Though Kung Fu is largely associated with the Shalolin Monks, most martial arts - including Karate - is not based nor associated with any religious endeavors. However, there are many aspects of martial arts protocol that can be confused with religious activities; bowing toward a symbol, honoring the senior instructor, repeating verses before and after each class. Yet none of these is of a religious persona, rather, they are more like the activities performed at many higher learning institutions. Bowing to the school symbol is showing respect to each student and instructor of the school, and all the masters who have brought forth this fine art to the public domain, not unlike a school song or cheer. Bowing to other students and instructors is a showing of respect and a formal greeting, kind of like a handshake. Formalities, not religion. You decide what to believe. We'll teach you Karate regardless.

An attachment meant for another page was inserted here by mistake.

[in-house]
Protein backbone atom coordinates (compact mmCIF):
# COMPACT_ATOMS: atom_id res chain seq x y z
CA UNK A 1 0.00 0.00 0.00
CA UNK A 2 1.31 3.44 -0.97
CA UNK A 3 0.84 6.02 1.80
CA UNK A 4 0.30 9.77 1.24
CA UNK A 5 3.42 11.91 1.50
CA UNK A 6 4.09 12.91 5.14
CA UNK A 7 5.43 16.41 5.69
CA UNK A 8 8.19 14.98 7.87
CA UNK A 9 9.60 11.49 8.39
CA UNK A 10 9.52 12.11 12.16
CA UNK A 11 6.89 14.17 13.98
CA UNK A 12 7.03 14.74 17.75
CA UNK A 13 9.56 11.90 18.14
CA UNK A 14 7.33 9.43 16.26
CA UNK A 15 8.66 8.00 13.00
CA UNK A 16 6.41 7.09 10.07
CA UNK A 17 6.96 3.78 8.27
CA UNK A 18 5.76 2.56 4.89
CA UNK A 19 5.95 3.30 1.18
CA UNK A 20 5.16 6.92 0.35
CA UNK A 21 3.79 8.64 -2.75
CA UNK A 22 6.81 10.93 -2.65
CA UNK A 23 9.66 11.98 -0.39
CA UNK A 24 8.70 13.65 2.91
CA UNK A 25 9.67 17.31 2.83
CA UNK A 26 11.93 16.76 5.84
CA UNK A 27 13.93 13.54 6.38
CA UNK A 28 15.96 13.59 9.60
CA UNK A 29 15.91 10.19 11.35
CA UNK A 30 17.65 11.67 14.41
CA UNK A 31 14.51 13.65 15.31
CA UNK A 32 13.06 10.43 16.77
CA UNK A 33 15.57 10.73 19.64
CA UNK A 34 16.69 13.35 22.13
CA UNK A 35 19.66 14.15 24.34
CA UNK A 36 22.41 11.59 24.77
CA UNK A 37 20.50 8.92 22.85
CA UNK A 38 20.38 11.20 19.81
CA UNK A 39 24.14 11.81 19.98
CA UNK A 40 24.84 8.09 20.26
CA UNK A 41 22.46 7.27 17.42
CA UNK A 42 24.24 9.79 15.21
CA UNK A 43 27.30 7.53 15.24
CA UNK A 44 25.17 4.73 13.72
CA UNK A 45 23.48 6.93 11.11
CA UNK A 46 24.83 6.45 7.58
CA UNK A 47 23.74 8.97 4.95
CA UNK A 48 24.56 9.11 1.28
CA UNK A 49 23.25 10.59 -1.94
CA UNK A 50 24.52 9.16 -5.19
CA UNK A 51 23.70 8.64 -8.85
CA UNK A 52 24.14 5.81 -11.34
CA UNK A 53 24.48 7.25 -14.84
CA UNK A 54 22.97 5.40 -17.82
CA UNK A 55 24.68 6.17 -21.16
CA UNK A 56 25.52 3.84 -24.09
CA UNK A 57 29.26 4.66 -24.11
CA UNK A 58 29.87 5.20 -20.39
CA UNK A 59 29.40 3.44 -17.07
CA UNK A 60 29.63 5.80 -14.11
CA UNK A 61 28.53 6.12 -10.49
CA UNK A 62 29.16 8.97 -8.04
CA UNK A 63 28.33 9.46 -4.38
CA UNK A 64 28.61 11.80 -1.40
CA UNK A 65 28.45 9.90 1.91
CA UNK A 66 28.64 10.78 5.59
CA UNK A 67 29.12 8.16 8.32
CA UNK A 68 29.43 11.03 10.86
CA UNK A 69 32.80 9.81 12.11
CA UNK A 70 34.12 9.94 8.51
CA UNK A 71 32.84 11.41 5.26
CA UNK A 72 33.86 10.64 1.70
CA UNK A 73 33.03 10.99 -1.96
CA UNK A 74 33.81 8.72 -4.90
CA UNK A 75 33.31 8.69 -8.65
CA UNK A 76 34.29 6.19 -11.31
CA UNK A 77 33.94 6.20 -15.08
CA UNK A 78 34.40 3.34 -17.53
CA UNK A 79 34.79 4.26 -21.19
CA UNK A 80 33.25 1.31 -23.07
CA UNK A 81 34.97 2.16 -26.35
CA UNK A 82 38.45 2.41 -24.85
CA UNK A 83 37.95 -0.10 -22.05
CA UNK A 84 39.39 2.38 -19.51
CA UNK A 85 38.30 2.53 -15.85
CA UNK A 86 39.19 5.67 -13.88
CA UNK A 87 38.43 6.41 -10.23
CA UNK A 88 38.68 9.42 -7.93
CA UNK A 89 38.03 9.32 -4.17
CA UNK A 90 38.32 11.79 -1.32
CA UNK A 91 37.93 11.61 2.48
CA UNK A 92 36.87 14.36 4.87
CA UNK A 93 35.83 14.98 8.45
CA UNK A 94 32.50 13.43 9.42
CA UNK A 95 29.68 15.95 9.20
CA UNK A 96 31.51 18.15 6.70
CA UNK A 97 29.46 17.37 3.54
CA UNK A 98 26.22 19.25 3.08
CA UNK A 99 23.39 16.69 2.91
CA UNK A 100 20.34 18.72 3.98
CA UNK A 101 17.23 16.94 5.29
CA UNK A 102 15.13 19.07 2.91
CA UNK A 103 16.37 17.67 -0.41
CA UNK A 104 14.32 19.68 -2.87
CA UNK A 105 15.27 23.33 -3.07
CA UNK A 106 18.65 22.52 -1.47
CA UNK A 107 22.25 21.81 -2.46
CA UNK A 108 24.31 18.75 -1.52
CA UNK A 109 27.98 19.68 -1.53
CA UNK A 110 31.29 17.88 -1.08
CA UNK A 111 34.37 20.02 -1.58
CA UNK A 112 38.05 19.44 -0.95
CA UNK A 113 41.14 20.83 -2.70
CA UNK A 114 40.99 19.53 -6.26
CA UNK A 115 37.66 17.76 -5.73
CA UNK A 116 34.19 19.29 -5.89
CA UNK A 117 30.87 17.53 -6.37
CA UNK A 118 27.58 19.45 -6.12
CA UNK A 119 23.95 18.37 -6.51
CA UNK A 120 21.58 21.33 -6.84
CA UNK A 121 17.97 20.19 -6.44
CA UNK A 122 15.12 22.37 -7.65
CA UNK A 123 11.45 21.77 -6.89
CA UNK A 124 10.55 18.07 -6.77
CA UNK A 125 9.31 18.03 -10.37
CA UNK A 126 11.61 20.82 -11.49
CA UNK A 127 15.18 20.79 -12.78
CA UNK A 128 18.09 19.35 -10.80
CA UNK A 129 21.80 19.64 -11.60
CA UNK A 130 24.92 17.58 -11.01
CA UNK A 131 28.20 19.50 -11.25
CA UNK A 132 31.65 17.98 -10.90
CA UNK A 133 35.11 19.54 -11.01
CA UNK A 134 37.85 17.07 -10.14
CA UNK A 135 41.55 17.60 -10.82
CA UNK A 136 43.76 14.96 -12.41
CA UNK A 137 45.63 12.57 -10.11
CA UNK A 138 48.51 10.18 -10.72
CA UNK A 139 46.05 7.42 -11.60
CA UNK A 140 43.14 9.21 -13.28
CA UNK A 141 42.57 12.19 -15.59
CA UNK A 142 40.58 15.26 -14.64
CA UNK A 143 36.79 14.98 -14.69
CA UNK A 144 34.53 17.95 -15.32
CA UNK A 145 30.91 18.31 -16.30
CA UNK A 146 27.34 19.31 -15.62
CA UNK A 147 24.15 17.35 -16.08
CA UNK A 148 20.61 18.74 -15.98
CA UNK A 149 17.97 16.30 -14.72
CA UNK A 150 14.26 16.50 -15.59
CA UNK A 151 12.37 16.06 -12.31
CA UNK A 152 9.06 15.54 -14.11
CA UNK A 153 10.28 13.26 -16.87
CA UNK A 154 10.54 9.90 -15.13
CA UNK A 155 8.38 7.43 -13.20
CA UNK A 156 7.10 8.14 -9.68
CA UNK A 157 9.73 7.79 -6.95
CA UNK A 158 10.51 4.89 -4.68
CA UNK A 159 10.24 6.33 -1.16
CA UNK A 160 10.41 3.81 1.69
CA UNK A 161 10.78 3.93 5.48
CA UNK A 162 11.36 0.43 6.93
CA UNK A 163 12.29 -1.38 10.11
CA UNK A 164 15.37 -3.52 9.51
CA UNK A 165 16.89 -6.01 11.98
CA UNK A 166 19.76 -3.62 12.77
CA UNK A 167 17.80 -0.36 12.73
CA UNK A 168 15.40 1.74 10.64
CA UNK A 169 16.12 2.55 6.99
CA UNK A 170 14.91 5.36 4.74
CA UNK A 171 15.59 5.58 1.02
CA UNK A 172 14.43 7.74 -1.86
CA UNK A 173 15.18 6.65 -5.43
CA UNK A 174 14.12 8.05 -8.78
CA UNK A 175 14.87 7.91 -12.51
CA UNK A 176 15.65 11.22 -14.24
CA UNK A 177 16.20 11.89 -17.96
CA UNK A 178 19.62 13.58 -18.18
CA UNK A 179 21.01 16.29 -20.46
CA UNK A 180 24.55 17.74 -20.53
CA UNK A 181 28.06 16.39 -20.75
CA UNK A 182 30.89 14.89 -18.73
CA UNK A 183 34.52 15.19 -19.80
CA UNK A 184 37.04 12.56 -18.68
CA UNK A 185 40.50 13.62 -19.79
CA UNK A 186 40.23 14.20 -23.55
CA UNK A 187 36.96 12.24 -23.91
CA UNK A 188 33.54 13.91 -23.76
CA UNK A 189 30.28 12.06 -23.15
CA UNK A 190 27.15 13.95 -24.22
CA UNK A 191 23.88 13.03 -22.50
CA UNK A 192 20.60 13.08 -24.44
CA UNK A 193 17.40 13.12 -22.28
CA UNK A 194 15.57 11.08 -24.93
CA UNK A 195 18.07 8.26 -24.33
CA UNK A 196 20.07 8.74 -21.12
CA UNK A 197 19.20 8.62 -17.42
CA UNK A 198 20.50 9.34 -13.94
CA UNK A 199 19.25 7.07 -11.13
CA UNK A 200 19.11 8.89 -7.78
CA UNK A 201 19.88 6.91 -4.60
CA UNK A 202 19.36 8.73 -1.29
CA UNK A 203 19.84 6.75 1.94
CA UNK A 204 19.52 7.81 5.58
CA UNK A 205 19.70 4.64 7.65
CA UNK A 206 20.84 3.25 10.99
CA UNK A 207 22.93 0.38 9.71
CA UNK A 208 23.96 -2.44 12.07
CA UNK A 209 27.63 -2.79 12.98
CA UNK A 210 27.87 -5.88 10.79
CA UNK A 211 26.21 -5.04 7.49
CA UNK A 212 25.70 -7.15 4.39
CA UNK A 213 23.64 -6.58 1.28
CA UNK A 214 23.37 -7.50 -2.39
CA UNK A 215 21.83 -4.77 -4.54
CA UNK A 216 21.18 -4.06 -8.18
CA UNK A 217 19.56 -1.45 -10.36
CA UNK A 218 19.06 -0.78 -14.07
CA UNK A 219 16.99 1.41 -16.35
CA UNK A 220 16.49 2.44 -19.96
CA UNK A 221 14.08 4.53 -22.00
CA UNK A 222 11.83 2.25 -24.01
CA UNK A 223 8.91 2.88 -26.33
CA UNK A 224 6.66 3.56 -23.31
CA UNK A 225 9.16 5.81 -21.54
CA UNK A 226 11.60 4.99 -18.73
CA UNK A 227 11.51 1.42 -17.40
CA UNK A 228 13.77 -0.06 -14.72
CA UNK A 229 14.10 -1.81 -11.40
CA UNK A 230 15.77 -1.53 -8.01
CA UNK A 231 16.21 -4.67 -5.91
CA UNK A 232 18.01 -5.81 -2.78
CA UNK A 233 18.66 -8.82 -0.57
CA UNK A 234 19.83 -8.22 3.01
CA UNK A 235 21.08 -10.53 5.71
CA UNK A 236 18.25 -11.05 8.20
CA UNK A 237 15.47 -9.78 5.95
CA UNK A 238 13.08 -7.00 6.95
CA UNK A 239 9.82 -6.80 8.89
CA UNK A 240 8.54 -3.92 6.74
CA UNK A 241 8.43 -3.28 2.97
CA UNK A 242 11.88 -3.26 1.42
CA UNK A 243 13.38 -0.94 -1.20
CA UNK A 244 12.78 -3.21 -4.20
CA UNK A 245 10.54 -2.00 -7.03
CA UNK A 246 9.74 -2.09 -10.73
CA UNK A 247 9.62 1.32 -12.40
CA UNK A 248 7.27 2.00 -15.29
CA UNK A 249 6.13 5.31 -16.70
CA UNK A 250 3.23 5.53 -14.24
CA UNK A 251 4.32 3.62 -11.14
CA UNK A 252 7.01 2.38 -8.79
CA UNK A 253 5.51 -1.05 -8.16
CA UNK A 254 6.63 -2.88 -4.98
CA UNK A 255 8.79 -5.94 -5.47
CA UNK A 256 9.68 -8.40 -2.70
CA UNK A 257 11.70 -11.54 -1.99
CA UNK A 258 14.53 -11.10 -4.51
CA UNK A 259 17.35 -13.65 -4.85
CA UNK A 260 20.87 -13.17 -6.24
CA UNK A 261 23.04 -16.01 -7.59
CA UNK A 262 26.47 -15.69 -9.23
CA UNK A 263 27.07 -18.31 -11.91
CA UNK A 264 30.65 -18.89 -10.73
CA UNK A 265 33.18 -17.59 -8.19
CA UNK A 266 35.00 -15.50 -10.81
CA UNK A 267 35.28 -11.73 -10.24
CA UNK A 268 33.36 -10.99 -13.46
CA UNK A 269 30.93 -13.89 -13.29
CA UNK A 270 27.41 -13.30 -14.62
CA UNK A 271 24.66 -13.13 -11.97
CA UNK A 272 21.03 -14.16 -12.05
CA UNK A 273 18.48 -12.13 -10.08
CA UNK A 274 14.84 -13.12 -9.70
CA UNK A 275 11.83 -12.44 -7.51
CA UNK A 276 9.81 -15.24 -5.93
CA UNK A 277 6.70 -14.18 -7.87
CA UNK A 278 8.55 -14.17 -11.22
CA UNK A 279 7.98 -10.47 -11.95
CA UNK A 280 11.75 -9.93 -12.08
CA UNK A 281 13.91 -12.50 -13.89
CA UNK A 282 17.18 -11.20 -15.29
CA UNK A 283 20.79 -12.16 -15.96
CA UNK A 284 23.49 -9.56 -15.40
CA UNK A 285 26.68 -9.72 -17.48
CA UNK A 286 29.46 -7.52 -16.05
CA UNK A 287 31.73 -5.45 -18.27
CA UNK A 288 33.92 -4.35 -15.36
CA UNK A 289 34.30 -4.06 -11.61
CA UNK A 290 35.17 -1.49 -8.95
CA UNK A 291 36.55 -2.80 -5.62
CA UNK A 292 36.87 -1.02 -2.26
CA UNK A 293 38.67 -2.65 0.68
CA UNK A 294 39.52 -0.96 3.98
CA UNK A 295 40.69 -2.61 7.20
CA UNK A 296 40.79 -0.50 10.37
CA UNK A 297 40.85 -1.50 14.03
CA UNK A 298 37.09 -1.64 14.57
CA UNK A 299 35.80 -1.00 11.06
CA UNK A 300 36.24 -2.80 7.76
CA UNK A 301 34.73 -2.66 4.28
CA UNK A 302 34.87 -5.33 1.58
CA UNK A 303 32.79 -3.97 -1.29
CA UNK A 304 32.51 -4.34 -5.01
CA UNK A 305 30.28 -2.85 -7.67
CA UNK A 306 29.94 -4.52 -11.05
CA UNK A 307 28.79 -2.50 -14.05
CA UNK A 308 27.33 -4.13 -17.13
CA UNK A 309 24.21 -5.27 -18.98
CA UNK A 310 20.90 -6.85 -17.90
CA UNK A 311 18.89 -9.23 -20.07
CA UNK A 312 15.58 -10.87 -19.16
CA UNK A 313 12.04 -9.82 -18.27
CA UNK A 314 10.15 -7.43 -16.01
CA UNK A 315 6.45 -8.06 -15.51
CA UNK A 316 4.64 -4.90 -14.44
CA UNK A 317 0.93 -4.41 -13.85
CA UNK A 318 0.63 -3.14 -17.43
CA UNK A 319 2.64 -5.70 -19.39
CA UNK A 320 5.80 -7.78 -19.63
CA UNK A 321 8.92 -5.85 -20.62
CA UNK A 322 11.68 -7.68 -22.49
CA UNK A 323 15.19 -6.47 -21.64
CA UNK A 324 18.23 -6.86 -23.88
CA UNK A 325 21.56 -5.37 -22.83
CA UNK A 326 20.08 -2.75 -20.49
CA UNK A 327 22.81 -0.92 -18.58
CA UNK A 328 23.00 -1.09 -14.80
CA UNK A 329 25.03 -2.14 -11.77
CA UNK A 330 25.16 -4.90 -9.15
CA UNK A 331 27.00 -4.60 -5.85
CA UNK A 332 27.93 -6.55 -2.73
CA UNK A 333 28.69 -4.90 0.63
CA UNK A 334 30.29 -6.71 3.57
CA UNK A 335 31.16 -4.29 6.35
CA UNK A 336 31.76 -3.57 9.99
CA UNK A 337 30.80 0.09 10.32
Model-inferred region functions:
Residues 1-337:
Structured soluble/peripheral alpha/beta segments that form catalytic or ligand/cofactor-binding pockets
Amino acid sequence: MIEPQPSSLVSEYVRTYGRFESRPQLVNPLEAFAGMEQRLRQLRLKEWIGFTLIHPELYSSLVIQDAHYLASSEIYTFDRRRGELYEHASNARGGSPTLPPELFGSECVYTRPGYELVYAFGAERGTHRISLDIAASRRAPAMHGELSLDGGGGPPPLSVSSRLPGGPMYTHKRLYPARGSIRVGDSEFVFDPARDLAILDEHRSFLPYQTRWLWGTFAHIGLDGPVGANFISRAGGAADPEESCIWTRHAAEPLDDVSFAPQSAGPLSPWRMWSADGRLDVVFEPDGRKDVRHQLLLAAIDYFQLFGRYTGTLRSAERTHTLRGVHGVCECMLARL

Don't you get hurt a lot doing this?
Though the opportunity for injury is definitely available, usually the most serious injury sustained is sore muscles and an occasional injured pride. Now, that is not to say that people don't get hurt. Injuries do happen, but happen infrequently. As a matter of fact, one publication has stated that more people are injured each year at golf than martial arts training. At least we know our risks, golfers think they're safe.
What kind of shape do I need to be in... really good, right?